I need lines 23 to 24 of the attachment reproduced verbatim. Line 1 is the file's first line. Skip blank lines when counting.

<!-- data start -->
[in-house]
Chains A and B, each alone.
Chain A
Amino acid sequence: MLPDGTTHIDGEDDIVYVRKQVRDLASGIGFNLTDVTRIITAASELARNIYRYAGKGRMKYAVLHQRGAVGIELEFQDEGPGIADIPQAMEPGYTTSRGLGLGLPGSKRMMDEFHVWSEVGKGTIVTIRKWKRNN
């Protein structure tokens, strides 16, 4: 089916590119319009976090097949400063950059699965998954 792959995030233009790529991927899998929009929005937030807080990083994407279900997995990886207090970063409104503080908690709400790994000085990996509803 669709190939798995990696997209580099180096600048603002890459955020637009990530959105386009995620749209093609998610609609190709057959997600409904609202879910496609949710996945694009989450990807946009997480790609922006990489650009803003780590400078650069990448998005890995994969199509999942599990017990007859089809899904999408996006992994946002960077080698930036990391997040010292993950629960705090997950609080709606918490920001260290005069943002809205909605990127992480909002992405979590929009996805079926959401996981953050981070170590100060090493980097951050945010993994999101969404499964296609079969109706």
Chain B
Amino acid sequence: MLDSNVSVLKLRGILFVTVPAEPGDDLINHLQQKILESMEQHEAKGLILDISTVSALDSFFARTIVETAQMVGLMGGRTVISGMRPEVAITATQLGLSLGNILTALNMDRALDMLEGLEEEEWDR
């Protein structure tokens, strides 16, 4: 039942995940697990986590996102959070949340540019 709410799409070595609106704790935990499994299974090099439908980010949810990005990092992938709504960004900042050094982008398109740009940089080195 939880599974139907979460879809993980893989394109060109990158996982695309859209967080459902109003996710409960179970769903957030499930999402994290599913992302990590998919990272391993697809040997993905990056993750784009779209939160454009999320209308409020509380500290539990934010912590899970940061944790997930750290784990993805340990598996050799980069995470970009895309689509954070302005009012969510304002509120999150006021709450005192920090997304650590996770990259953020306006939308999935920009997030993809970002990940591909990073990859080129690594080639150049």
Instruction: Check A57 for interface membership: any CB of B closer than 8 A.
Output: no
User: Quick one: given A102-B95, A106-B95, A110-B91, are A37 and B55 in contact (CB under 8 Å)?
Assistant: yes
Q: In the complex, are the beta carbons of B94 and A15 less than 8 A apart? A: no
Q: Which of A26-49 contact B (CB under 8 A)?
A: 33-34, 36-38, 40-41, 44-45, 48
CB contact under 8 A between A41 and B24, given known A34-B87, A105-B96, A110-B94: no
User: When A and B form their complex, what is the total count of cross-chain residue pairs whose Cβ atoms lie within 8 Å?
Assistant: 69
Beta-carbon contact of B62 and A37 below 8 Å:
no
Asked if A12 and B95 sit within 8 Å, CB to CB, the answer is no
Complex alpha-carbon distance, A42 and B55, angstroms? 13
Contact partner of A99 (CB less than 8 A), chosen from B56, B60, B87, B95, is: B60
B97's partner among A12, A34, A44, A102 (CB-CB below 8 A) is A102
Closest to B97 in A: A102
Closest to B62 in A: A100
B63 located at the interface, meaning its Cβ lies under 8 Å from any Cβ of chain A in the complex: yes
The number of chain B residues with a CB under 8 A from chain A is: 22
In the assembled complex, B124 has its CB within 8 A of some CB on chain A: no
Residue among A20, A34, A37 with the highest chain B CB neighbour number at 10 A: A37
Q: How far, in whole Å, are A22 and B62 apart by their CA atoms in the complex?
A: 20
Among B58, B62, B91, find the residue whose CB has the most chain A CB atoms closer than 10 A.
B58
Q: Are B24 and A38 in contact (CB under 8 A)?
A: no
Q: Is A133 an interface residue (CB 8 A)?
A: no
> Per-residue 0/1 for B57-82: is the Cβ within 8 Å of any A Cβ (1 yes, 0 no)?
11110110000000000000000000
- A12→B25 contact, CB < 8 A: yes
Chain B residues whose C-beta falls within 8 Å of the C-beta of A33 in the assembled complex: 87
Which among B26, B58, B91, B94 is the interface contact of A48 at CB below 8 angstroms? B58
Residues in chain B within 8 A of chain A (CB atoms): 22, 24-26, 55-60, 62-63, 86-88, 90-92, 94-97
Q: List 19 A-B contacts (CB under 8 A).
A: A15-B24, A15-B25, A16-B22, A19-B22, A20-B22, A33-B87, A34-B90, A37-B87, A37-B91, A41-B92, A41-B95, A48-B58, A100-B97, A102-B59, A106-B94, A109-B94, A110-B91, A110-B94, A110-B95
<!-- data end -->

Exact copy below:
Contact partner of A99 (CB less than 8 A), chosen from B56, B60, B87, B95, is: B60
B97's partner among A12, A34, A44, A102 (CB-CB below 8 A) is A102